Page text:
What separates us from the Islamofascists, we're told, is that we support free expression and they don't. They get violently exercised by cartoons; we're above that.

Yeah, about that . . .

The Renton, Washington Police Department and Renton Chief Prosecutor Shawn Arthur aren't breaking windows or throwing firebombs or stoning anyone. At least not yet. However, they are using a kind of violence — the coercive power of the state — to retaliate against a cartoonist. Their methods may not involve overt force, but their motives are repugnant to American values of freedom of expression.

KIRO investigative reporter Chris Halsne broke the story. He learned that the Renton P.D. is butthurt over a series of YouTube animated cartoons poking fun at issues in their ranks — including, apparently, officers having "dating relationships" with suspects. The videos — apparently created on — have unidentified cops and city officials engaging in discussions lampooning departmental scandals.

In America, that's no harm, no foul, right? We have a First Amendment. You can make fun of people, even if it hurts their feelings. You can speak, forcefully and satirically, about the conduct of government business. If you make false statements about someone, you might be in for a libel suit, but you're not going to go to jail for cartoons in America, right?

Well, there's America, and there's Shawn Arthur's Renton.

Now, cops will want to do stupid, stupid, lawless things. Prosecutors are supposed to exercise some judgment and haul them back from the precipice of unconstitutional thuggery. But some prosecutors — because they're political hacks who owe their position to the police, because they're strictly fourth-rate lawyers, or because they're thugs themselves — fail to provide that check and balance. Renton Chief Prosecutor Shawn Arthur is such a lawyer. He sought and obtained a a search warrant directed at Google to find the identity of the author of the YouTube videos, using the pretext that the Washington state law against "cyberstalking." That ludicrously overbroad law provides as follows:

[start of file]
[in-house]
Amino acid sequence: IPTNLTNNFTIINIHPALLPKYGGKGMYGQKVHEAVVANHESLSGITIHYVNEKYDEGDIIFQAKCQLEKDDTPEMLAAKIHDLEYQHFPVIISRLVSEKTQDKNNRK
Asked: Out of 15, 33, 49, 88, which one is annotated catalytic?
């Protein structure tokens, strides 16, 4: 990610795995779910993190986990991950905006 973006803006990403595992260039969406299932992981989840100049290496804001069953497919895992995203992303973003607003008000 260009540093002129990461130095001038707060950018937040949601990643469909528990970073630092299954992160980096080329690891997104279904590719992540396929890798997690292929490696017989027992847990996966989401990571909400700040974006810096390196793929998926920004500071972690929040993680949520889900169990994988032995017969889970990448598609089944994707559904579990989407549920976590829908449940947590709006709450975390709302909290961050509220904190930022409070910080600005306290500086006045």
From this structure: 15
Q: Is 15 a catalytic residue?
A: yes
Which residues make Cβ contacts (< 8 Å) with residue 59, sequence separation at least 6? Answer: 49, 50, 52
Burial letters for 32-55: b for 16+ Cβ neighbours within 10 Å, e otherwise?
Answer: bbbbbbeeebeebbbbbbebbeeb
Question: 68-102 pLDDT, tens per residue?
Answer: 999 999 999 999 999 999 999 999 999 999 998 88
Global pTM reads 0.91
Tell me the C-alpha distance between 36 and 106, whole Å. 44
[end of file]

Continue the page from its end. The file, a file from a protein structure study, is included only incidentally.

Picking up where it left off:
(1) A person is guilty of cyberstalking if he or she, with intent to harass, intimidate, torment, or embarrass any other person, and under circumstances not constituting telephone harassment, makes an electronic communication to such other person or a third party:

(a) Using any lewd, lascivious, indecent, or obscene words, images, or language, or suggesting the commission of any lewd or lascivious act;

(b) Anonymously or repeatedly whether or not conversation occurs; or

(c) Threatening to inflict injury on the person or property of the person called or any member of his or her family or household.

Shawn Arthur and his affiant, Renton Police Officer Ryan Rutledge, asserts that the cartoonist, by his cartoons, has violated this section by using lewd and indecent words with intent to embarrass officers of the Renton Police Department:

It is my belief that the targets made in these videos target specific members of the City of Renton and Renton Police Department with the intent to embarrass and emotionally torment the victims by use of electronic communications to such persons or to a third party.

Perhaps the City of Renton and the Renton Police Department is made up of weepy weaklings who are easily hurt and tormented. If so, perhaps they should move to Canada. I understand they're quite solicitous of hurt feelings there.

But wait, you say. Cops will be cops, and hack lawyers will hack lawyers, but what about the judiciary? Surely no judge will sign a search warrant based on a theory that so patently violates the First Amendment?

Isn't it pretty to think so. But meet Kings County Judge James D. Cayce, who rubberstamped a search warrant seeking to unveil a cartoonist on the theory that be committed "cyberstalking" by posting cartoons making fun of police officers and city officials. That, in my experience, is how state judges act. They are no bulwark at all.

I'll watch this case from here. Will Google fight evil and challenge this search warrant? If not, will Shawn Arthur attempt to bring charges against the cartoonist? Does he realize that though he has absolute immunity for lawless prosecutions, he does not have absolute immunity for seeking a search warrant based on protected expression? Time will tell.